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Embedded Compliance – Done Once and Done Thoroughly

Comprising one of the most highly regulated industries in the world, financial institutions often struggle to deal with the pace and volume of regulatory changes. In cost-constrained environments, organizations find themselves reactively responding to regulatory updates rather than proactively building systems to future-proof compliance around trade lifecycle and workflows. When it comes to facing potential audits, fines, or serious investigations, there is a pressing need to address management of regulatory risk before it is too late.


In order to deal with these pressures, firms have turned to automating regulatory decisions across their business in the most transparent way possible. This practice is known as ‘embedded compliance’ and can be defined as the ability to determine real-time compliance decisions through automated integration with dynamic regulatory rules or control frameworks. By embracing data-driven automated compliance, firms are positioned to act preventatively when dealing with regulatory risk.


Data quality challenges
Clean, well-structured data is central to the implementation of dynamic system-wide changes. Firms face a number of different challenges implementing preventative and detective pre-trade controls as well as transaction reporting eligibility and validation. Data structures that drive regulatory decision-making include legal entity data, product models, and transaction context. Less obvious but equally important are the data structures codifying the relevant law and internal policies such as onboarding policy, sanctions lists, trader/entity mandates, and securities restricted for trading. All of this data must be accessible to critical decision-making infrastructure.


In any sizable financial institution, there exist a myriad of systems that generate and process transaction data. Regulatory and internal policy logic is often implemented in these systems as code that is both redundant and inconsistent across product silos. At the same time, the data used to make decisions tends to be ingested in different formats and transformed in different ways throughout the transaction life cycle. It is, therefore, challenging to understand the provenance and quality of data used to drive compliance decisions.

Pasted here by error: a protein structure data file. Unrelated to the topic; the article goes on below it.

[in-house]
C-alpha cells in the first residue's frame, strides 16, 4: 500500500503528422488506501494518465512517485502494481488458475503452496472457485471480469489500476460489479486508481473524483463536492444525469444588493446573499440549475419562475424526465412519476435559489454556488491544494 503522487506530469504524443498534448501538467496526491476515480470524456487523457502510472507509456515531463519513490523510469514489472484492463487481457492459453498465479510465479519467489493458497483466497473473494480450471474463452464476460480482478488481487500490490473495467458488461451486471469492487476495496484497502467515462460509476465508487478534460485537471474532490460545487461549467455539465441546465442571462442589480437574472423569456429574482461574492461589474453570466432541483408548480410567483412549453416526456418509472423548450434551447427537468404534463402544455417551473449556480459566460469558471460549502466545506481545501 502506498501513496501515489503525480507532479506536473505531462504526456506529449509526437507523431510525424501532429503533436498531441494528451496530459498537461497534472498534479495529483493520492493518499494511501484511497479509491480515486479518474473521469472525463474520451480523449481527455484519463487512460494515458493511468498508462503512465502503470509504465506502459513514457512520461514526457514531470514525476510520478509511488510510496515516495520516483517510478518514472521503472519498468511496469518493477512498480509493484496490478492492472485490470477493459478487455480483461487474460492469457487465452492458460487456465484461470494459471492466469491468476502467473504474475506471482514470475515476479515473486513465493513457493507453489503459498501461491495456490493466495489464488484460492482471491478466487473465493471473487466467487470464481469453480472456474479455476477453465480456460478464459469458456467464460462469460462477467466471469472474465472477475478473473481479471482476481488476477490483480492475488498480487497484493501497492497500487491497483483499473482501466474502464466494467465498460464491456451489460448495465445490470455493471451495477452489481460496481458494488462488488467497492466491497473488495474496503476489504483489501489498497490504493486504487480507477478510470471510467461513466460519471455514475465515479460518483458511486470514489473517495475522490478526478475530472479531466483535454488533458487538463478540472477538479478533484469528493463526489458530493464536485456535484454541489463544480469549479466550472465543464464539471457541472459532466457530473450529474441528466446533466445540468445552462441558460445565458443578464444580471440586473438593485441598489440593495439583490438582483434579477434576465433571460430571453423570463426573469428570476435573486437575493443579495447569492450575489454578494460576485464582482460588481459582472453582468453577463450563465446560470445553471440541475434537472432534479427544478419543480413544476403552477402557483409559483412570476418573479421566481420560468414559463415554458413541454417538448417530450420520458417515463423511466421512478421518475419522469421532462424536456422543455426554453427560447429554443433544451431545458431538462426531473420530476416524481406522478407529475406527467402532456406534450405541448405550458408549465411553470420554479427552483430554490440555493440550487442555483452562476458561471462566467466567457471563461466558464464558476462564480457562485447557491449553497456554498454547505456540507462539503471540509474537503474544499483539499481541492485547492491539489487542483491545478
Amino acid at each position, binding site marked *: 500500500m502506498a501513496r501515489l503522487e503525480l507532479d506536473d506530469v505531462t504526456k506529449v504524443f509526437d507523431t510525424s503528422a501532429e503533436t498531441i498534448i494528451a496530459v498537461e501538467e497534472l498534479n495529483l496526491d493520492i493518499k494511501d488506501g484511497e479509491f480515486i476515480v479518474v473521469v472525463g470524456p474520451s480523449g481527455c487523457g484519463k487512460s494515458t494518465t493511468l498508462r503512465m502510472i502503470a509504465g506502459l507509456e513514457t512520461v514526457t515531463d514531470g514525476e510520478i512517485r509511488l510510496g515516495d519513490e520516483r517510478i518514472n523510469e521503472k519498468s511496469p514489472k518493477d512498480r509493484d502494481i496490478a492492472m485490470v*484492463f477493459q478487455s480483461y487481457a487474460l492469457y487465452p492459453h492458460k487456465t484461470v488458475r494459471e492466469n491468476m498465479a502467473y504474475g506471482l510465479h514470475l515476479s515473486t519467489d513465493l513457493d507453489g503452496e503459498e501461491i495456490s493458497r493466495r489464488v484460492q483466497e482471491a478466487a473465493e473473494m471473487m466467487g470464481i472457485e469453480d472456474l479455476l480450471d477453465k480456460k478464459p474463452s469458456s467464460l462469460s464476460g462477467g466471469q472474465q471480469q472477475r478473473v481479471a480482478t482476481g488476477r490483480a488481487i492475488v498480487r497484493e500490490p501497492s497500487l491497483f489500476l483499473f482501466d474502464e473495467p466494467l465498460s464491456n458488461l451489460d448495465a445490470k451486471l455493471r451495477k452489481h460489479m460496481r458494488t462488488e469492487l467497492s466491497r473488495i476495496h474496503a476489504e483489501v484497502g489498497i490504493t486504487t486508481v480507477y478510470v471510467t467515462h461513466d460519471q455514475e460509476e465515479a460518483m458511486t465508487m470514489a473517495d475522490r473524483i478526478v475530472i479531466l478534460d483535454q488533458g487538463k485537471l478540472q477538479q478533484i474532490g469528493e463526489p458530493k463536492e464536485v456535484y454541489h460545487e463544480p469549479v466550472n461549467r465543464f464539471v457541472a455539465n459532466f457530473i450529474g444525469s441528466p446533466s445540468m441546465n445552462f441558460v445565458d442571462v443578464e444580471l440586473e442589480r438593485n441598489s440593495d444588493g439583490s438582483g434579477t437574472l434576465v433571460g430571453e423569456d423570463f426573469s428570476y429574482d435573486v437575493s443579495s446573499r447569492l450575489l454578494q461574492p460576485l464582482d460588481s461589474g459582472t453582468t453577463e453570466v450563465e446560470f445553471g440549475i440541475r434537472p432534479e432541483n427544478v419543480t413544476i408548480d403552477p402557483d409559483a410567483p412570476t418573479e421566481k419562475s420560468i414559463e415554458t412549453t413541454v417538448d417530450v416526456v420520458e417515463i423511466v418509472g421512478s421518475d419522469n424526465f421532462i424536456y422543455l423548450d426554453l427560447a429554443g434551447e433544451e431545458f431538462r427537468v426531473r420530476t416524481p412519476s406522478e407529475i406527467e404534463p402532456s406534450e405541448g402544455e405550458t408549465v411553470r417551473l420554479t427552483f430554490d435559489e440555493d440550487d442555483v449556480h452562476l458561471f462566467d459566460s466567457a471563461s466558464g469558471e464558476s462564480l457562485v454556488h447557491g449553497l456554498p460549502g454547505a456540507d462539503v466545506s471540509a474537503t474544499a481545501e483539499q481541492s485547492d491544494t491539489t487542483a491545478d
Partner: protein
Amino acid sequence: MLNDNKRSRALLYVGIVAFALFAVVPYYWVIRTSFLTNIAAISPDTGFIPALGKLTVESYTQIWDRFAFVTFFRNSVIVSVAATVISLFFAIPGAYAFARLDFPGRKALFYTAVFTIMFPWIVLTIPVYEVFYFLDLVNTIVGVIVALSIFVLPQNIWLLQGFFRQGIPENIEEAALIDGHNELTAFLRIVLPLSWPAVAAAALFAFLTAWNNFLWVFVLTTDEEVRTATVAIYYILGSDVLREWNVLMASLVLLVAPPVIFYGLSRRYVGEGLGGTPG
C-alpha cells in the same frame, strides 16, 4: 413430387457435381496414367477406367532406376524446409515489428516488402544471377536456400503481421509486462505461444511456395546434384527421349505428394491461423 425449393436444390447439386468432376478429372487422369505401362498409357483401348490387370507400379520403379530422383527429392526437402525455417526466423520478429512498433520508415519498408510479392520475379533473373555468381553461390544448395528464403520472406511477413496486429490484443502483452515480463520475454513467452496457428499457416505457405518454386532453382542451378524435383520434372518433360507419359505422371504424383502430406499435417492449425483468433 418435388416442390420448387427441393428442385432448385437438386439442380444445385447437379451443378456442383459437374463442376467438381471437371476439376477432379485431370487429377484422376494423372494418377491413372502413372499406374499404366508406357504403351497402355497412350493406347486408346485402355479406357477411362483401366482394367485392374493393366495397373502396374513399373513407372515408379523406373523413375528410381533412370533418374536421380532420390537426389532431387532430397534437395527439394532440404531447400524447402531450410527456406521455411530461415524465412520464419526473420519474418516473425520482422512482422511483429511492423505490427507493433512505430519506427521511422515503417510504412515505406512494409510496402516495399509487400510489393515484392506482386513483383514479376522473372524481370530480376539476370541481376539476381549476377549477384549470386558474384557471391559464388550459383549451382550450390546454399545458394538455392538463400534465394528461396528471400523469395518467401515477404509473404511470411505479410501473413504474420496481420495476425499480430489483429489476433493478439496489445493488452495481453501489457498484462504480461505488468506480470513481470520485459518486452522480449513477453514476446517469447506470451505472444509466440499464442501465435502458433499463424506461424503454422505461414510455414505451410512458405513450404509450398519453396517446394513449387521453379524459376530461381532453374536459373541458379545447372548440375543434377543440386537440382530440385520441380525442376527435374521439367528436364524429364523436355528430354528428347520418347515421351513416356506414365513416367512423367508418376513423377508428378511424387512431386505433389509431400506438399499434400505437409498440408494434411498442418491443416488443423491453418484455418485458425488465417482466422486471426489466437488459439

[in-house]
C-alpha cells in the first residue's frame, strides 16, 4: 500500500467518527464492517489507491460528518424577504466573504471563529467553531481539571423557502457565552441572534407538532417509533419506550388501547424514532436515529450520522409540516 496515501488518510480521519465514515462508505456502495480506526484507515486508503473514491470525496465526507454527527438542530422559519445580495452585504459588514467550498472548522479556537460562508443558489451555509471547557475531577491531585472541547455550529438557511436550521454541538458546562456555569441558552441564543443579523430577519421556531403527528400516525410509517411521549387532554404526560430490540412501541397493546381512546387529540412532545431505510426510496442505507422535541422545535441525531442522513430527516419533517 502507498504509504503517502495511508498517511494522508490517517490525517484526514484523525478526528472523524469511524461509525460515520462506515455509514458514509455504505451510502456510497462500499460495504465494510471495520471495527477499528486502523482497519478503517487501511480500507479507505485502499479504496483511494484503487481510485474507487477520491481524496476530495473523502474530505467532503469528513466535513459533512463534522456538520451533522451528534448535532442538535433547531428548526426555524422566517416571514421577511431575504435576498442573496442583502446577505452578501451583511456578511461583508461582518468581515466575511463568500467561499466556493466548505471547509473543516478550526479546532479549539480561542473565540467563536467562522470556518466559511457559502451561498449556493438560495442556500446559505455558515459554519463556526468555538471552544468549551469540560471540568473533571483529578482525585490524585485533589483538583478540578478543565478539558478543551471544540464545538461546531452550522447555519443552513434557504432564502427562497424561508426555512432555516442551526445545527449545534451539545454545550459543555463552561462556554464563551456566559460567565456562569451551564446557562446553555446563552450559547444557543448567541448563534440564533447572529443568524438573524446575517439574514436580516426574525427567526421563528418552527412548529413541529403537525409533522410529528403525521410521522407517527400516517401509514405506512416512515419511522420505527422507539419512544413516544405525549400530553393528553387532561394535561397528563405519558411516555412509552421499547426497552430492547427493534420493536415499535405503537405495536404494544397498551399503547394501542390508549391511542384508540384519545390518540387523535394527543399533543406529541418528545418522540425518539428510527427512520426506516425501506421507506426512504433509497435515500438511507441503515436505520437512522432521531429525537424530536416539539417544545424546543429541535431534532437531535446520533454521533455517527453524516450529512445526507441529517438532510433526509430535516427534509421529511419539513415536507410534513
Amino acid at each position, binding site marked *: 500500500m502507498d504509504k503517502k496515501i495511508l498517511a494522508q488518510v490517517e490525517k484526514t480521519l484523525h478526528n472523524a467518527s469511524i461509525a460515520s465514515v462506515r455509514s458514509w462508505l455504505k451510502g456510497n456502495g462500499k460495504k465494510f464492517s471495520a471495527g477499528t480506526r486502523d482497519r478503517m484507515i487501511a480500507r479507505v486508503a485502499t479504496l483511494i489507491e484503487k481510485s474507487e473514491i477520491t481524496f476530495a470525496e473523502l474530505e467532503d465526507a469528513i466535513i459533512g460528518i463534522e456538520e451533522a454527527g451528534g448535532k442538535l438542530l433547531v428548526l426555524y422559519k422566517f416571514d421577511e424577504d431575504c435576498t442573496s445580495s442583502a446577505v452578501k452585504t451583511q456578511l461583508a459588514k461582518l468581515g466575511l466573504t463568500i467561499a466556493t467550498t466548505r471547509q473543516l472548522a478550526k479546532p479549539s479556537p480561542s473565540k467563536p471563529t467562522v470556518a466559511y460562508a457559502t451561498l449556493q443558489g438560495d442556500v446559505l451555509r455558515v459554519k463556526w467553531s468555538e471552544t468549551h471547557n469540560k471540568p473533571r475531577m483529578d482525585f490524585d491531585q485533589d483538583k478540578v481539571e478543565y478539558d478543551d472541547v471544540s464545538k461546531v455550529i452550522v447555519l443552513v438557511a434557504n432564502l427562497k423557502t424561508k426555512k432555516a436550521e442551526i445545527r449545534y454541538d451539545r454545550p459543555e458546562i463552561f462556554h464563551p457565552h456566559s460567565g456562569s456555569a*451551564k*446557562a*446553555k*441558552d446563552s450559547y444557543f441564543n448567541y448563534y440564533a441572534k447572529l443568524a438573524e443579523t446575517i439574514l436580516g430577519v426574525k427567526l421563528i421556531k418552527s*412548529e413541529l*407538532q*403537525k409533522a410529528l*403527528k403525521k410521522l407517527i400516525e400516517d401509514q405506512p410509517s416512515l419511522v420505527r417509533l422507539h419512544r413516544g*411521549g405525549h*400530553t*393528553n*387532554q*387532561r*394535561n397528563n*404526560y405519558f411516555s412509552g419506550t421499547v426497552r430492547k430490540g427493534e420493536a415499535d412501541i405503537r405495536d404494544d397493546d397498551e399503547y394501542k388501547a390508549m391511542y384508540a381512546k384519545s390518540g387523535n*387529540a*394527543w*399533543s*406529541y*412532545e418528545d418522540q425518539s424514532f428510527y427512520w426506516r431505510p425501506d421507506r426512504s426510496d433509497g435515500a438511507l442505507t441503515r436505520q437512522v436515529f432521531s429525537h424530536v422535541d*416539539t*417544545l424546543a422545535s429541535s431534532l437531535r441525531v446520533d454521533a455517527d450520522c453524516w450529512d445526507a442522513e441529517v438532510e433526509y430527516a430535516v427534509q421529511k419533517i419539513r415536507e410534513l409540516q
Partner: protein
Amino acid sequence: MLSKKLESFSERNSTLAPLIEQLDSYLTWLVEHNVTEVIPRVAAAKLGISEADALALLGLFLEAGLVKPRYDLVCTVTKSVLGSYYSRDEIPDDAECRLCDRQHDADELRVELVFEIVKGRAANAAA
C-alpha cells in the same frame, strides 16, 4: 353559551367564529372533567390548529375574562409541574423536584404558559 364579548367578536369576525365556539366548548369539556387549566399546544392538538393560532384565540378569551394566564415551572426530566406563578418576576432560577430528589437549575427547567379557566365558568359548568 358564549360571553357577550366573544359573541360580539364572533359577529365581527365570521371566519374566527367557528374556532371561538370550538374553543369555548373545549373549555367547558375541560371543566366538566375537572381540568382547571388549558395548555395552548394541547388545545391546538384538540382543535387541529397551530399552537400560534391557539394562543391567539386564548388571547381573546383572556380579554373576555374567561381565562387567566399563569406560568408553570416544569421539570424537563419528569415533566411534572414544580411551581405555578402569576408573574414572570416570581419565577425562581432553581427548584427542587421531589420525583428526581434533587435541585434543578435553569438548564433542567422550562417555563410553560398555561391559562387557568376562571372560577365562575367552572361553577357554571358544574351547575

In establishing a strategy for regulatory data, the advantages of using a mutualized consensus data model are clear. Industry working groups can create decision models that are anchored to regulatory text and informed by best practice. For example, by evaluating standard decision models for business conduct, clearing, and reporting rules at point of execution, the number of implementation touchpoints for regulatory change can be both reduced and decision traceability simplified.


Establishing an embedded compliance solution
Once the data is clean and consistent, the principles behind embedded compliance are relatively straightforward. They deal with treating regulatory rules as data, establishing an industry-wide consensus around rules, and establishing an audit process to prove adherence to specific decision logic. Successful implementation of this compliance strategy requires the involvement of innovative senior leadership in the front, middle, and back office who are willing to take a structural view of transformation across the whole organization. Embedded compliance can be regarded not just as a compliance tool but as an enabler of efficiency across the entire business. This is an opportunity to future-proof the estate to reduce the marginal cost of responsiveness to change.


In terms of the implementation itself, financial institutions should aim for a composable architecture of best-in-breed components. By employing a more interoperable, modular approach, firms will not be wedded to one type of technology or vendor but can license components that do not offer competitive advantage or require deep familiarity with internal structures and processes. It is important to consider scalability. Instead of being fixed to a different solution for each individual regulation, firms should aim to utilize one platform across regulatory regimes, particularly with refits and rewrites in mind. When it comes to automated decision-making, true partnership is critical. In a rapidly evolving regulatory space with reputational exposure, it is essential to be able to trust vendors and work only with carefully chosen strategic partners. The most valuable form of partnership elevates the entire industry by facilitating the implementation of regulatory decision-making provenance backed by consensus regulatory interpretation.


Differentiate with confidence
Ultimately, transformation strategies that combine embedded compliance with reliably sourced input data help businesses differentiate competitively. Not only is there an imperative for embedded compliance to manage the introduction of ongoing regulatory change, but there is also an opportunity to streamline operational efficiency. Firms can only benefit by future-proofing their estates. It is preferable for firms to deal with a phased, upfront holistic change – done once and done thoroughly.